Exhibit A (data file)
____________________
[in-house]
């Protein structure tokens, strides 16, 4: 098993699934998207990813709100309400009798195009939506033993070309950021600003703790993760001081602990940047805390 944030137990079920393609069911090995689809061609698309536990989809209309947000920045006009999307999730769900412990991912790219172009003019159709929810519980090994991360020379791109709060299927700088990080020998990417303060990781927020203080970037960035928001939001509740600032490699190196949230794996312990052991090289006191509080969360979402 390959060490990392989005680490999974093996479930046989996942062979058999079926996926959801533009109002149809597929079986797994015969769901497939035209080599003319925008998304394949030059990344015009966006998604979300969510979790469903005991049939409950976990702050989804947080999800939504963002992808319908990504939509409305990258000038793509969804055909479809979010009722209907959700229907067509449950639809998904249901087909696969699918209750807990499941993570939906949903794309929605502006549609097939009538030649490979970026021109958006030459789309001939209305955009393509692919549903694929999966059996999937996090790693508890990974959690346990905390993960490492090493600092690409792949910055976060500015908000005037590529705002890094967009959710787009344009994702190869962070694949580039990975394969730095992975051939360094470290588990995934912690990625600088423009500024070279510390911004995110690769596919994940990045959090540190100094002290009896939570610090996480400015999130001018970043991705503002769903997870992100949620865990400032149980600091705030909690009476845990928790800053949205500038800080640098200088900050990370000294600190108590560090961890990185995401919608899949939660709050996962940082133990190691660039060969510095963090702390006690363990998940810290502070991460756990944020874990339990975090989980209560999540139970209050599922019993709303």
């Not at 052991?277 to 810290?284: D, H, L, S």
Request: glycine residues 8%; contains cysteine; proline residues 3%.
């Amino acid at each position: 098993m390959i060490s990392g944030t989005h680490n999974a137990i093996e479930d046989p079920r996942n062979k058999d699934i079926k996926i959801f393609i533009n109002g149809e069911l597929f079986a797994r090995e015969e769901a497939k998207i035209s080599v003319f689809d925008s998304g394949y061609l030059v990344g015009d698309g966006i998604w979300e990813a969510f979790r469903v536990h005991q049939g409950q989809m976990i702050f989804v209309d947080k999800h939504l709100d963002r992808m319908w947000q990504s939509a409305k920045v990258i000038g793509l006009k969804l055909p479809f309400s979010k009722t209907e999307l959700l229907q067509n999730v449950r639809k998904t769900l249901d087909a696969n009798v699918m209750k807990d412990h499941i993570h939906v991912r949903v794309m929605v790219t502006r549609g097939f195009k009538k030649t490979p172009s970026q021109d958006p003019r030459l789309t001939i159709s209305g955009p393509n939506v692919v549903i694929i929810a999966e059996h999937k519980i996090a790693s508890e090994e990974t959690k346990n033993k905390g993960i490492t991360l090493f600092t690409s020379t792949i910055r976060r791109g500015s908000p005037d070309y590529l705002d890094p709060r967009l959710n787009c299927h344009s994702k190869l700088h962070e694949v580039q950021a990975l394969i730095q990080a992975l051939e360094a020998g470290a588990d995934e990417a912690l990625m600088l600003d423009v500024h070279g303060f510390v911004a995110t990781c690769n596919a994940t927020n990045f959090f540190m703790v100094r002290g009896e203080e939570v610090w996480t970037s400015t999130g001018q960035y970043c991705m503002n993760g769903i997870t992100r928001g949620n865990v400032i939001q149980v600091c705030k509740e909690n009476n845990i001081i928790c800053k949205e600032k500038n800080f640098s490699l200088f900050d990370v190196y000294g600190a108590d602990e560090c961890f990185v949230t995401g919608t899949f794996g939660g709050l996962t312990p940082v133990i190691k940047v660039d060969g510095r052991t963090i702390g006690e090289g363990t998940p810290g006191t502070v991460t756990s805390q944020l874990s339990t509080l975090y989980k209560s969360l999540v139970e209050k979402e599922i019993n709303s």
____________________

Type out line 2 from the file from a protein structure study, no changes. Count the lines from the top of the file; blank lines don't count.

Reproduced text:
């Protein structure tokens, strides 16, 4: 098993699934998207990813709100309400009798195009939506033993070309950021600003703790993760001081602990940047805390 944030137990079920393609069911090995689809061609698309536990989809209309947000920045006009999307999730769900412990991912790219172009003019159709929810519980090994991360020379791109709060299927700088990080020998990417303060990781927020203080970037960035928001939001509740600032490699190196949230794996312990052991090289006191509080969360979402 390959060490990392989005680490999974093996479930046989996942062979058999079926996926959801533009109002149809597929079986797994015969769901497939035209080599003319925008998304394949030059990344015009966006998604979300969510979790469903005991049939409950976990702050989804947080999800939504963002992808319908990504939509409305990258000038793509969804055909479809979010009722209907959700229907067509449950639809998904249901087909696969699918209750807990499941993570939906949903794309929605502006549609097939009538030649490979970026021109958006030459789309001939209305955009393509692919549903694929999966059996999937996090790693508890990974959690346990905390993960490492090493600092690409792949910055976060500015908000005037590529705002890094967009959710787009344009994702190869962070694949580039990975394969730095992975051939360094470290588990995934912690990625600088423009500024070279510390911004995110690769596919994940990045959090540190100094002290009896939570610090996480400015999130001018970043991705503002769903997870992100949620865990400032149980600091705030909690009476845990928790800053949205500038800080640098200088900050990370000294600190108590560090961890990185995401919608899949939660709050996962940082133990190691660039060969510095963090702390006690363990998940810290502070991460756990944020874990339990975090989980209560999540139970209050599922019993709303």